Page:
Yesterday afternoon the only sounds I could hear was the sound of the sea lapping over my feet and the occasional ‘ploop’ of pebbles landing in the water. I sat on a virtually deserted Dorset beach surveying the cliffs that are gradually slipping back into the sea and wondered about what made this beach ‘English’. Was it the white cliffs I could see just poking around the corner behind the lush green hills? Was it the pebbly beach? Was it the yachts and liners or buoys?
Ever since I had emerged from the tunnel at Ashford International it had been on my mind. I sat on the coach heading into deepest darkest Dorset watching the cars glide past me, longing for a spicy bean burger. Every now and again a car would whoosh past with an England flag straining against the slipstream and occasionally the flag lost its will and slipped off its pole in resignation and fluttered to a rest in the central reservation. Although I grew up in London, there was something homely about the countryside surrounding me, its greenness, the sheep were familiar, the pubs, the road signs and yet I felt so alien being ‘home’.
There is always that moment when I get back to England when I don’t quite know which language to speak. This was further compounded by the fact that everyone I had to deal with at Ashford was not English, but did they feel more at home then I did? The things that I consider homely are all so set in the past; the spicy bean burgers that I used to live on ten years ago. Question of Sport used to be tea-time viewing for my family and I watched it with a big smile announcing with glee to my Irish colleague that every round was the same; but different. And we had Angel Delight, something I haven’t been able to eat since I was five or six and dropped it on the floor and was so upset that my Mum scooped it back up and it was full of grey carpet fibre.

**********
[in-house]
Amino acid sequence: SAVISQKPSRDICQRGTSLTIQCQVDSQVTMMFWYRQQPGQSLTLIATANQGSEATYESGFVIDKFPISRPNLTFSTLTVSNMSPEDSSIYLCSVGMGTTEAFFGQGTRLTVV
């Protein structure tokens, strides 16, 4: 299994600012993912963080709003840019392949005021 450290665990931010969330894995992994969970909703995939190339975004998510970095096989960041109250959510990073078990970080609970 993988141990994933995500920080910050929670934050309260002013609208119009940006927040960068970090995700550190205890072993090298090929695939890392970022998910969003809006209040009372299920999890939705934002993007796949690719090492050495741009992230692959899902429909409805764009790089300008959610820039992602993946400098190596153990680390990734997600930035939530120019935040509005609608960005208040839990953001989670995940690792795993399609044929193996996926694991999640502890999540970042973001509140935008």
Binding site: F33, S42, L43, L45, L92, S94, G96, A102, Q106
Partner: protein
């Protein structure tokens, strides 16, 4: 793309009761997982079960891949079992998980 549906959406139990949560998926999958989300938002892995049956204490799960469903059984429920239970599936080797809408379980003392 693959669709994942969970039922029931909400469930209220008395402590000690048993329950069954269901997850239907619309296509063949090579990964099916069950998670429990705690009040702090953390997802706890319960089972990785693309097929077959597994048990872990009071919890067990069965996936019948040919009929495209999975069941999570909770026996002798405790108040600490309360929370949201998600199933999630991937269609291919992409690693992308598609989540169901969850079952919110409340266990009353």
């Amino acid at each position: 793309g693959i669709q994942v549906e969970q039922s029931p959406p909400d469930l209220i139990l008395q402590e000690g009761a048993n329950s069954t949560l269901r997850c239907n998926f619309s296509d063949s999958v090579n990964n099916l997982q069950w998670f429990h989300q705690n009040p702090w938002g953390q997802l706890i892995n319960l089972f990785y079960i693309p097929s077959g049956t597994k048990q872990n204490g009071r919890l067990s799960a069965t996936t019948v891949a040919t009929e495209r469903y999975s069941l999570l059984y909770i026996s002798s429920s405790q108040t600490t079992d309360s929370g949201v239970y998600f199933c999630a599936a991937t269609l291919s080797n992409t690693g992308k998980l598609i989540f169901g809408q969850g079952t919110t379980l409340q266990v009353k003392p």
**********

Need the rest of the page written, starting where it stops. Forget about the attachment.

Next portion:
And then back to the language; English. We sat in awe in front of Big Brother that same evening listening to some blonde women with frighteningly huge boobs make her nomination. Her sentences were peppered with ‘fucking this, fucking that’ and I will freely admit that I swear like a trooper, but it was the words around it. What was she actually saying? Have verbs and adverbs and adjectives become unnecessary in modern Britain? We laughed about it all week. Here we were dragging a bunch of kids to be immersed in English and what were these instructors actually saying? Have I become a language snob I wondered as one of the instructors announced that when you let go of the rope ‘You don’t go nowhere, do you? You don’t go nowhere.’ ‘Anywhere.’ I found myself muttering. ‘You don’t go anywhere.’ Later, sitting on the beach I decided that I wasn’t a language snob; it was just that words were important to me. The way they are used and framed can mean so much, create a picture or change your ideas.
What I was really wondering about was what made me English. Living here in Paris it’s easy to say ‘Je suis Anglaise’. The differences between the French and me are so apparent, in the way we dress, the way we think, our customs, the way I behave, but being in England throws all that into confusion. Was (is) it England that I so detested, or was it something in me that craved more?
I know now that what I craved more than anything was time to shape the words. I have that time now (and sometimes I fritter it away), but do I need to be home somewhere to ground these words? Do I need a home to make these words real? That is the question I am still unable to answer.